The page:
Greetings, all! Maybe it's the fact that Valentine's Day is coming soon, or maybe it's the increased pollen count. But something has us feeling service-y. To that end, we've decided to share with you some of the unsung heroes and undiscovered shining stars of the Orange County/Long Beach music scene. Herewith, we bring you our band of the week after the jump.
The Commotions, courtesy photography Harmony Gerber
The band of the week is Long Beach natives The Commotions! Full disclosure, dear readers: At one time, I had the pleasure of playing keyboards with this band until an amicable split months ago. I assure you I'm writing about this band not from any motivation other than to share their wonder with you all. Also, a digital release of their new record, produced by Mars Volta's Ikey Owens, will be available for your listening pleasure this coming Sunday at the Continental Room. To mark this occasion, the Commotions sat down to talk about where they're going, where they've been, and how they're getting there.
OC Weekly (Kristina Benson): How do you pick the songs you cover? What do you feel you add to the covers?
Marianne (lead vocals): Reuben climbs high onto a mountain, fasts and meditates for three days and three nights--and then he returns with songs we will cover.
Reuben (guitar, vocals): We usually add some salt, pepper, Tapatio and queso fresco.
How has your sound changed since the band first started?
Reuben: Tighter, for sure. I guess we're not so "Animal House frat rock" anymore.
Marianne: I spent the whole first year in the Commotions thinking I was going to be the backup singer and just sort of waiting for the right girl to come along and take lead. So I think the biggest change came when I realized I was going be the singer of the band, no matter how much that thought scared me. And then, once I really embraced it and stopped trying to be some other girl with better hair or a different voice or the ability to dance in high heels--well, then I wanted to sing about things I cared about, not just food all the time. Though I do care about food a great deal . . . but what I mean is that once we started being ourselves, that's when the biggest change happened. We went from imitating our favorites to taking risks and creating something completely our own. Does it ever get any better than that? That's our new EP.
What is the most fun you've ever had at a show, and why?
Reuben: They all kind of melt together. I had as much fun playing our first show at a Long Beach party as I did last Sunday in Fullerton at the Continental Room.
Marianne: My favorite shows are always the Art Walks . . . probably because I like being outside. The Pomona Art Walk stands out because we were literally on the sidewalk in front of a record store. Everyone sharing one power strip, total MacGyver sound set up. . . . It reminded me of when I was a kid--singing in parades and nursing homes, shopping malls, amusement parks--there's something honest about a show like that. If people want to hear you, then they stop and listen. If they don't, they keep walking. There aren't any rules, and no one knows who you are. Anything is possible.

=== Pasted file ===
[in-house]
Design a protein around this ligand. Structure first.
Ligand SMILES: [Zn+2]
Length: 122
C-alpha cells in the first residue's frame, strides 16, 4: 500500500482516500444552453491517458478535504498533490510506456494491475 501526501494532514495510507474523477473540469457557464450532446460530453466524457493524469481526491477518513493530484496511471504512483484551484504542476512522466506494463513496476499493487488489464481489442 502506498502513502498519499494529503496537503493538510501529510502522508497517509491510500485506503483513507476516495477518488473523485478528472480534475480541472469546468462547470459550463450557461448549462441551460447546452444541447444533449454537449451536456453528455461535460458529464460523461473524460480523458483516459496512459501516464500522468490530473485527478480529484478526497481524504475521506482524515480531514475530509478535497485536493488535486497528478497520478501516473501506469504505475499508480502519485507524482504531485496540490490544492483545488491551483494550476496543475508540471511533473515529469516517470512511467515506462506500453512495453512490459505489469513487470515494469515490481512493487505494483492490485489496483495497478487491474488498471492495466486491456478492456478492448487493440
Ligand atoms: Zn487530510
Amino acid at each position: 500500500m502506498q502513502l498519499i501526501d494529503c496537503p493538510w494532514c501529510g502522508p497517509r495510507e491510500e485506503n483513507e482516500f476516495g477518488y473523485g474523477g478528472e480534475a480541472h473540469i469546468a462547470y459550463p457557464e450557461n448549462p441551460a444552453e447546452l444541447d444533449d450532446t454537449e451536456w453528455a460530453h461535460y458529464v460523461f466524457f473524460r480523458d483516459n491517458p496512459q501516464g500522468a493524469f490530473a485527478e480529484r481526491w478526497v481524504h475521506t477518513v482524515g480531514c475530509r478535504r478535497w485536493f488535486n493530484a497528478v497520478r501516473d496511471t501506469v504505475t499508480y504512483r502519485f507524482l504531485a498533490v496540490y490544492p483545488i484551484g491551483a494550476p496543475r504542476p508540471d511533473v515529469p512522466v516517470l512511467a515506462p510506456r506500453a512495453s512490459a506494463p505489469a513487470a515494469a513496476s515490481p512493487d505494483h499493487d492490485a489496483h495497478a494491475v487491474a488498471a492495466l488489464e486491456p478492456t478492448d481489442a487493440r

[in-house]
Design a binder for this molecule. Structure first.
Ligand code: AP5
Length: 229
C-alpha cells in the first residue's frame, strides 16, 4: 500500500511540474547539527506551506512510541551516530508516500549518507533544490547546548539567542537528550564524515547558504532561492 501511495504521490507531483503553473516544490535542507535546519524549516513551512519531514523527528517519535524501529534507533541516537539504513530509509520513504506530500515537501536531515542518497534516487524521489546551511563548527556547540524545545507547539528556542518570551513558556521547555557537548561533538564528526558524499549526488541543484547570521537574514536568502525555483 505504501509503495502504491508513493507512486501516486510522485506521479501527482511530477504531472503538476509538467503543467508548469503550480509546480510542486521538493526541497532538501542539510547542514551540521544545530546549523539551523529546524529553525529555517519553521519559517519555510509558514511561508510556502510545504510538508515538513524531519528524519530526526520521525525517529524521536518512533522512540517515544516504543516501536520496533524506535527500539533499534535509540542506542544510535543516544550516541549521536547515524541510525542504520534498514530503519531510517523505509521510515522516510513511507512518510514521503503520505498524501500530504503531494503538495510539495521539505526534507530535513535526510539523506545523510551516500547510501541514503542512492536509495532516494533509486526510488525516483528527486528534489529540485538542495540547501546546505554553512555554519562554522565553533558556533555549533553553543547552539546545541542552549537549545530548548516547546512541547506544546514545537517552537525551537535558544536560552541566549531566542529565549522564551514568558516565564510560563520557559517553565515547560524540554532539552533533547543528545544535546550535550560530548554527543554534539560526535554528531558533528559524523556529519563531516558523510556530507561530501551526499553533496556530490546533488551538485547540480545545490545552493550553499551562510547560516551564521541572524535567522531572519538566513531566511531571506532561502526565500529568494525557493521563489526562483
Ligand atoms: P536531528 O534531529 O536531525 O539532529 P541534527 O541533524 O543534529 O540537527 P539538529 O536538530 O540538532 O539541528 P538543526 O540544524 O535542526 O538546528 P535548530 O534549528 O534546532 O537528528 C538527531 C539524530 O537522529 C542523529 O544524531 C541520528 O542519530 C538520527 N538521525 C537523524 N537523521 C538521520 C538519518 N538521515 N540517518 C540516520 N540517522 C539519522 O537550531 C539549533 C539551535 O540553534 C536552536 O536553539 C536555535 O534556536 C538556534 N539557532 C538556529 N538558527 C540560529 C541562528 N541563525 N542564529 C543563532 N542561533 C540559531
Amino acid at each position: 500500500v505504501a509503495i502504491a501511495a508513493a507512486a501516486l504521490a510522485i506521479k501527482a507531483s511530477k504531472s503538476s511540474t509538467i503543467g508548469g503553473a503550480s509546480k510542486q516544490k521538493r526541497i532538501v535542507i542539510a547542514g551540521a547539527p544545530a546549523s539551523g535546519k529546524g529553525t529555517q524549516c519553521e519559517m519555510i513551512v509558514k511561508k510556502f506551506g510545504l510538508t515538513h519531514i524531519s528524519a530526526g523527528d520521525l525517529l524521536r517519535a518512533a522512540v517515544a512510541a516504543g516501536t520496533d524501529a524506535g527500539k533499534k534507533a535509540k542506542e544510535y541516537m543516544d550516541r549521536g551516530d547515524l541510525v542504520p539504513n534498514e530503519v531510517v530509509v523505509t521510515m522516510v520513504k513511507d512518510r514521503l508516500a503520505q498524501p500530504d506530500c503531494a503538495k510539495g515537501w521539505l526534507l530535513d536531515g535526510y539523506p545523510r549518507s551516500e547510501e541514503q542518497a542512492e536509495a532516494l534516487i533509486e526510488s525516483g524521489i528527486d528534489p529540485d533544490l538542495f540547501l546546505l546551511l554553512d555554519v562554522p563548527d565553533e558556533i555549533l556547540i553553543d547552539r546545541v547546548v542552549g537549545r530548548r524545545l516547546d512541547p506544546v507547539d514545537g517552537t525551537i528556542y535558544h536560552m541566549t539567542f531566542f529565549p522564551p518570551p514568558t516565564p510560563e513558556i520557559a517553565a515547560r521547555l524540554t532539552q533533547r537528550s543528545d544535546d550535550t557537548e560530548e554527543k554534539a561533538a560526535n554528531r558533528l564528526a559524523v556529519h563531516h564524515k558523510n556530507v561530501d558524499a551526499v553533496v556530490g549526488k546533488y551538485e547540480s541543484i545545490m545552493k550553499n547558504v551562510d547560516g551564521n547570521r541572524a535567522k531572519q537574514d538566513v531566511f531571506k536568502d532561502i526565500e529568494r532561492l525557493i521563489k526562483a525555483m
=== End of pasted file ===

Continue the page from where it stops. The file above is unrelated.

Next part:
If you could be in any Orange County band, which would it be and why?
Reuben: Wait, we're an Orange County band? That's news to me! I'll join the Harbor High Navigators Jazz Ensemble, if they'll have me. High-school bands are where it's at right now.
Marianne: The Killingtons! Duh! That guy totally hit Reuben with his car!!
If you had a $500 budget, what piece of equipment would you buy for the band and why?
Reuben: Maybe a small printing press. We need shirts.
Marianne: I'd buy a smoke machine, some strobe lights and a disco ball--but then I'd probably get myself kicked out of the band.
All of you have very different musical influences. How are these evident in the music you make?
Reuben: I think all you'd have to do is listen to "Why We Leave." That song captures all of our influences perfectly. It's like musical Lord of the Flies. But basically, what you hear is what you get.
Marianne: We all care a great deal and fight really hard to find our place in each song. And it doesn't always work! For every song we finish, we throw out at least three. Often more. I don't know if that's normal or not.
If for some reason you were forced to cover a Snoop Dogg song, which would it be and why?
Reuben: Balls to covering! Let's write a song WITH Snoop! C'mon, Snoop, hit us up.
What's the coolest record any or all of you ever got for less than $5?
Marianne: I got 8 1/2 Souvenirs' Happy Feet for $.60!
Reuben: I just got the Mar-Keys' Last Night for free! Beat that.
I heard you guys do a killer B-52s cover set. Why the B-52s?
Reuben: It started as a joke between [our drummer] Matt and I. We thought we could pull it off for Halloween. We pulled it off.
Marianne: I wanted to play "Love Shack," and Reuben didn't. I told him I would never play out as the B-52's ever again if we didn't play "Love Shack." But of course I did.
If you could do the theme song to any TV show taking place in Orange County, what would it be and why?
Reuben: The Munsters. That took place in Westminster, right? We're kind of outcasts like they were. Nobody wants to be our friends.
What's your favorite song to play and why?
Reuben: Probably the newest one in our repertoire. For me, it's usually the last song we wrote. At the moment, that would be "Remember the Time."
Marianne: I'm always most in love with whatever song we are working on.
You can find out what the Commotions are up to by visiting here. They play at the Continental Room in Fullerton every Sunday during the month of February.